The Freud Museum, as seen from the garden.
|Established||28 July 1986|
|Location||20 Maresfield Gardens, London NW3, England, United Kingdom|
|Public transit access||Finchley Road|
The Freud Museum in London is a museum dedicated to Sigmund Freud, who lived there with his family during the last year of his life. In 1938, after escaping Nazi annexation of Austria he came to London via Paris and stayed for a short while at 39 Elsworthy Road before moving to 20 Maresfield Gardens, where the museum is situated. Although he died a year later in the same house, his daughter Anna Freud continued to stay there until her death in 1982. It was her wish that after her death it be converted into a museum. It was opened to the public in July 1986.
Freud continued to work in London and it was here that he completed his book Moses and Monotheism. He also maintained his practice in this home and saw a number of his patients for analysis. The centerpiece of the museum is the couch brought from Berggasse 19, Vienna on which his patients were asked to say whatever came to their mind without consciously selecting information, named the free association technique by him.
The ground floor of the museum houses Freud's study, library, hall and the dining room. The museum shop is on ground floor as well. The first floor has a video room, Anna Freud's room and there is a temporary exhibitions room which hosts alternate contemporary art and Freud-themed exhibitions. Art installations often use several rooms within the museum, such as the 2001/02 exhibition "A Visit to Freud’s" by an Austrian female photographer Uli Aigner. Many areas such as the kitchen and Anna Freud's consulting room are out of public view and have been converted into offices.
There are two other Freud Museums, one in Vienna, and another which has recently opened in Příbor, the Czech Republic, in the house where Sigmund Freud was born. The latter was opened by president Václav Klaus and four of Freuďs great-grandsons.
The museum is located at 20 Maresfield Gardens in Hampstead, one of London's suburbs. It is open to the public Wednesday to Sunday, 12:00 - 17:00.
The house had only finished being built in 1920 in the Queen Anne Style. A small sun room in a modern style was added at the rear by Ernst Ludwig Freud that same year. Freud was over eighty at this time, and he died the following year, but the house remained in his family until his youngest daughter Anna Freud, who was a pioneer of child therapy, died in 1982.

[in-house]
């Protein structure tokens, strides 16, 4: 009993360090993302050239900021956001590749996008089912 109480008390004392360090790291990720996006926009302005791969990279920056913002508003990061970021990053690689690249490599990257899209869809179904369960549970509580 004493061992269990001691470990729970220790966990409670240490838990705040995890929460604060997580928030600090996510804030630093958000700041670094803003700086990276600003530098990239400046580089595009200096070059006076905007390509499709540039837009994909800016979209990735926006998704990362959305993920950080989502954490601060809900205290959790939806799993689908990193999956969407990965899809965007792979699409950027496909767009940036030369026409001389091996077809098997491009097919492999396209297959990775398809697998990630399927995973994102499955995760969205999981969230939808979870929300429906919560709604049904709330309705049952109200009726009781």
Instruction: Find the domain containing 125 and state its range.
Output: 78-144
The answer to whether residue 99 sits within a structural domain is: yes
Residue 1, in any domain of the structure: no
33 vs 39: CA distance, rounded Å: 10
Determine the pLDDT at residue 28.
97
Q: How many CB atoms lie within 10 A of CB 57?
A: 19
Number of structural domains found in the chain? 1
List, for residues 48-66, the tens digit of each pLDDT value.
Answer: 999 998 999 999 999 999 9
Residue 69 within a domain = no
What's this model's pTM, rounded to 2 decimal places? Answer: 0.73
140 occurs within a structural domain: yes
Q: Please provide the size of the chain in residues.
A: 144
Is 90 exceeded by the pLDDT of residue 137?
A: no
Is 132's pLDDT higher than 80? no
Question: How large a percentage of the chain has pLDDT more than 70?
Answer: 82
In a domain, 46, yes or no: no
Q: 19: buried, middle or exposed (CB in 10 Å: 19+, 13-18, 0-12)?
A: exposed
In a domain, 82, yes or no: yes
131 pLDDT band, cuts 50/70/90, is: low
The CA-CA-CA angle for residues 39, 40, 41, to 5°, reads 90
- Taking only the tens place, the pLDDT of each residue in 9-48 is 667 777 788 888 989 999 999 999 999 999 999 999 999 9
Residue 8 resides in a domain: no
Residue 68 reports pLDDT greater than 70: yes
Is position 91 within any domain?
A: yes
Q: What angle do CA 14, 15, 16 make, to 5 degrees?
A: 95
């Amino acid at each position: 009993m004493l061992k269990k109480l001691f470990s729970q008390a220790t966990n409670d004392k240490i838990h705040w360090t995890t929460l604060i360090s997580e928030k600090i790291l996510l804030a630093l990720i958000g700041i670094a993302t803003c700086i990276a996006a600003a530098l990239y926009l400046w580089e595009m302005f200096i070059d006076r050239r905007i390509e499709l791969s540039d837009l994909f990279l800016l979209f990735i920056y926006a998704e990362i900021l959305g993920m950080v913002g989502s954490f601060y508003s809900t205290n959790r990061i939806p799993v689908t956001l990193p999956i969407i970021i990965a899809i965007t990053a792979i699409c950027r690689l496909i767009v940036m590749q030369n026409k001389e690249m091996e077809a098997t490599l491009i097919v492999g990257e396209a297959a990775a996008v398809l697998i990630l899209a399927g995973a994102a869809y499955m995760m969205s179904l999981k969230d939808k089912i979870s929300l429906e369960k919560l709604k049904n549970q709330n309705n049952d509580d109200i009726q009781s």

The Freuds were able to move all of their furniture and household effects to London. The star exhibit in the museum is Freud's psychoanalytic couch. There are also Biedermeier chests, tables and cupboards, and a collection of 18th century and 19th century Austrian painted country furniture. The museum owns Freud's collection of Egyptian, Greek, Roman, and Oriental antiquities, and his personal library. The collection includes a portrait of Freud by Salvador Dalí. The study and library were preserved by Anna Freud after her father's death. The bookshelf behind Freud's desk contains some of his favourite authors: not only Goethe and Shakespeare but also Heine, Multatuli and Anatole France. Freud acknowledged that poets and philosophers had gained insights into the unconscious which psychoanalysis sought to explain systematically. In addition to the books, the library contains various pictures hung as Freud arranged them; these include 'Oedipus and the Riddle of the Sphinx' and 'The Lesson of Dr Charcot' plus photographs of Martha Freud, Lou Andreas-Salomé, Yvette Guilbert, Marie Bonaparte, and Ernst von Fleischl.
The museum organizes research and publication programmes and it has an education service which organises seminars, conferences and educational visits to the museum. The museum is a member of the London Museums of Health & Medicine.
The study is filled with antiquities from ancient Greece, Rome, Egypt and the Orient. Freud visited many archaeological sites (though not Egypt) but most of the collection was acquired from dealers in Vienna. He confessed that his passion for collecting was second in intensity only to his addiction to cigars. Yet the importance of the collection is also evident in Freud's use of archaeology as a metaphor for psychoanalysis. One example of this is Freud's explanation to a patient that conscious material 'wears away' while what is unconscious is relatively unchanging: "I illustrated my remarks by pointing to the antique objects about my room. They were, in fact, I said, only objects found in a tomb, and their burial had been their preservation."
When Freud wrote “We have it incomparably better than at Berggasse and even than Grinzing”, he wasn’t just comparing favourably the spacious rooms with large windows to the dark small apartments in Vienna. Both Sigmund and Anna Freud loved the garden, which is still meticulously maintained, and contains many of the same plants of which Freud was so fond. The garden’s alterations with the changing seasons, reflected his own interests and stages in life, as did the classical artefacts Freud had on his desk.
The garden today is largely as Freud would have known it, from the terracotta flower pot, containing a red geranium (with Anna Freud’s trowel still beside it) to the circular flower bed to the right of the garden and the curved bench and tables on the shaded left-hand side of the garden. The large pine tree at the rear of the garden, was knee-height when Anna Freud first had it planted and the roses, clematis, hortense, plum and almond trees are all original plants from the time of the Freuds first coming to live at Maresfield Gardens.
- "About the Museum". Freud Museum London. Retrieved 23 August 2012.
- Official website of the Freud Museum (London)
- Official website of the Freud Museum (Vienna)
- Pribor, Czech Republic website about Sigmund Freud and information about the museum